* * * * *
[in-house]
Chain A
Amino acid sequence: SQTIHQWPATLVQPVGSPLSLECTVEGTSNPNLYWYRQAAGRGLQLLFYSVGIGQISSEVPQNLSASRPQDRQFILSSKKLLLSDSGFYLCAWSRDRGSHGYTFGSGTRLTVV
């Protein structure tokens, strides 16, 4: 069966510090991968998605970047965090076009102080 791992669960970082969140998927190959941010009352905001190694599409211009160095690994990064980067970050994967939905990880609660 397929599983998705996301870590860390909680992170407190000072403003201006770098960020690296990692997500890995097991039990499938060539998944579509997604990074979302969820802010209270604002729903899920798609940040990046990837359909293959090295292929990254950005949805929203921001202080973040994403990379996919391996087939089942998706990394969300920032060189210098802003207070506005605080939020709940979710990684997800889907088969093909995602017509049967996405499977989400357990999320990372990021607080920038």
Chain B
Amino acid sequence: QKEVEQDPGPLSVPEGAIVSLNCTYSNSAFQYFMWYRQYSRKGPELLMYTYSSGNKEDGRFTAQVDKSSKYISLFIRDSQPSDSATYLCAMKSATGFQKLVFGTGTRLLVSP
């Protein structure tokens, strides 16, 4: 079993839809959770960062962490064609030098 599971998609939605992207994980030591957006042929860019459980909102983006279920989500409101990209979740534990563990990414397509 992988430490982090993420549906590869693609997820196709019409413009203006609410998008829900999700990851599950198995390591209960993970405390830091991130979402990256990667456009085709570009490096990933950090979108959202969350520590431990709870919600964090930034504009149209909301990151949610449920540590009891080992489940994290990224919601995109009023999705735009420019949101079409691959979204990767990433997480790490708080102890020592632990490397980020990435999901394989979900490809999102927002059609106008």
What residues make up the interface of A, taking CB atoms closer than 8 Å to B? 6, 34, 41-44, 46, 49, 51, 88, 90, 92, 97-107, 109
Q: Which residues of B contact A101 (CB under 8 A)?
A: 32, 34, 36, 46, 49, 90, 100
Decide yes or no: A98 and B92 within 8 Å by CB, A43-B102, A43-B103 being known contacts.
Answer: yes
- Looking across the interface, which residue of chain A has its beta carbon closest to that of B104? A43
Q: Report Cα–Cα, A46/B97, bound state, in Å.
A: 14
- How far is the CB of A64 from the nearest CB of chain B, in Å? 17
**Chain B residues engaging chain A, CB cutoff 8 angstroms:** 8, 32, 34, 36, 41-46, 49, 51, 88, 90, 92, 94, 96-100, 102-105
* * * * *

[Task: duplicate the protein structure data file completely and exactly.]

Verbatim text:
[in-house]
Chain A
Amino acid sequence: SQTIHQWPATLVQPVGSPLSLECTVEGTSNPNLYWYRQAAGRGLQLLFYSVGIGQISSEVPQNLSASRPQDRQFILSSKKLLLSDSGFYLCAWSRDRGSHGYTFGSGTRLTVV
């Protein structure tokens, strides 16, 4: 069966510090991968998605970047965090076009102080 791992669960970082969140998927190959941010009352905001190694599409211009160095690994990064980067970050994967939905990880609660 397929599983998705996301870590860390909680992170407190000072403003201006770098960020690296990692997500890995097991039990499938060539998944579509997604990074979302969820802010209270604002729903899920798609940040990046990837359909293959090295292929990254950005949805929203921001202080973040994403990379996919391996087939089942998706990394969300920032060189210098802003207070506005605080939020709940979710990684997800889907088969093909995602017509049967996405499977989400357990999320990372990021607080920038």
Chain B
Amino acid sequence: QKEVEQDPGPLSVPEGAIVSLNCTYSNSAFQYFMWYRQYSRKGPELLMYTYSSGNKEDGRFTAQVDKSSKYISLFIRDSQPSDSATYLCAMKSATGFQKLVFGTGTRLLVSP
């Protein structure tokens, strides 16, 4: 079993839809959770960062962490064609030098 599971998609939605992207994980030591957006042929860019459980909102983006279920989500409101990209979740534990563990990414397509 992988430490982090993420549906590869693609997820196709019409413009203006609410998008829900999700990851599950198995390591209960993970405390830091991130979402990256990667456009085709570009490096990933950090979108959202969350520590431990709870919600964090930034504009149209909301990151949610449920540590009891080992489940994290990224919601995109009023999705735009420019949101079409691959979204990767990433997480790490708080102890020592632990490397980020990435999901394989979900490809999102927002059609106008």
What residues make up the interface of A, taking CB atoms closer than 8 Å to B? 6, 34, 41-44, 46, 49, 51, 88, 90, 92, 97-107, 109
Q: Which residues of B contact A101 (CB under 8 A)?
A: 32, 34, 36, 46, 49, 90, 100
Decide yes or no: A98 and B92 within 8 Å by CB, A43-B102, A43-B103 being known contacts.
Answer: yes
- Looking across the interface, which residue of chain A has its beta carbon closest to that of B104? A43
Q: Report Cα–Cα, A46/B97, bound state, in Å.
A: 14
- How far is the CB of A64 from the nearest CB of chain B, in Å? 17
**Chain B residues engaging chain A, CB cutoff 8 angstroms:** 8, 32, 34, 36, 41-46, 49, 51, 88, 90, 92, 94, 96-100, 102-105